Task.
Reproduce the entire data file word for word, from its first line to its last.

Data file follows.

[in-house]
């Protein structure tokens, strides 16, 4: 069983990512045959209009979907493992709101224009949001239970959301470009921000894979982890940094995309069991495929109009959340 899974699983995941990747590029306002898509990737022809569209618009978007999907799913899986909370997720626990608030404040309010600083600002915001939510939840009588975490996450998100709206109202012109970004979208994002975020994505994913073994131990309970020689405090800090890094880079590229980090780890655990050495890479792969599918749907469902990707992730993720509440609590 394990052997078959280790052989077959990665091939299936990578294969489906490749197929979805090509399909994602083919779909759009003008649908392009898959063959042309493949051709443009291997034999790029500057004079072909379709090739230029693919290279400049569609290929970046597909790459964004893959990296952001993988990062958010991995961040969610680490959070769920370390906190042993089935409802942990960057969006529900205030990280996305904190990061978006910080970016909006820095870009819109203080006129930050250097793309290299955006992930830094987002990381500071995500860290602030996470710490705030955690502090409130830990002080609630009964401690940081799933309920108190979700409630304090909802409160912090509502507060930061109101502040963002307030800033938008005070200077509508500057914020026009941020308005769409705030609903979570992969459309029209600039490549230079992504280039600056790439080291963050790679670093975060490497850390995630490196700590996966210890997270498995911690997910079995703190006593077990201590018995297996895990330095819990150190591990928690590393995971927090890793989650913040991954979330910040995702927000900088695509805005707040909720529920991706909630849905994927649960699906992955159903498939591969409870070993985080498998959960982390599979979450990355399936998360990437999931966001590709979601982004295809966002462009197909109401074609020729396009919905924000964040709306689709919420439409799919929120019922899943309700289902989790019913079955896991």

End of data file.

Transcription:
[in-house]
């Protein structure tokens, strides 16, 4: 069983990512045959209009979907493992709101224009949001239970959301470009921000894979982890940094995309069991495929109009959340 899974699983995941990747590029306002898509990737022809569209618009978007999907799913899986909370997720626990608030404040309010600083600002915001939510939840009588975490996450998100709206109202012109970004979208994002975020994505994913073994131990309970020689405090800090890094880079590229980090780890655990050495890479792969599918749907469902990707992730993720509440609590 394990052997078959280790052989077959990665091939299936990578294969489906490749197929979805090509399909994602083919779909759009003008649908392009898959063959042309493949051709443009291997034999790029500057004079072909379709090739230029693919290279400049569609290929970046597909790459964004893959990296952001993988990062958010991995961040969610680490959070769920370390906190042993089935409802942990960057969006529900205030990280996305904190990061978006910080970016909006820095870009819109203080006129930050250097793309290299955006992930830094987002990381500071995500860290602030996470710490705030955690502090409130830990002080609630009964401690940081799933309920108190979700409630304090909802409160912090509502507060930061109101502040963002307030800033938008005070200077509508500057914020026009941020308005769409705030609903979570992969459309029209600039490549230079992504280039600056790439080291963050790679670093975060490497850390995630490196700590996966210890997270498995911690997910079995703190006593077990201590018995297996895990330095819990150190591990928690590393995971927090890793989650913040991954979330910040995702927000900088695509805005707040909720529920991706909630849905994927649960699906992955159903498939591969409870070993985080498998959960982390599979979450990355399936998360990437999931966001590709979601982004295809966002462009197909109401074609020729396009919905924000964040709306689709919420439409799919929120019922899943309700289902989790019913079955896991």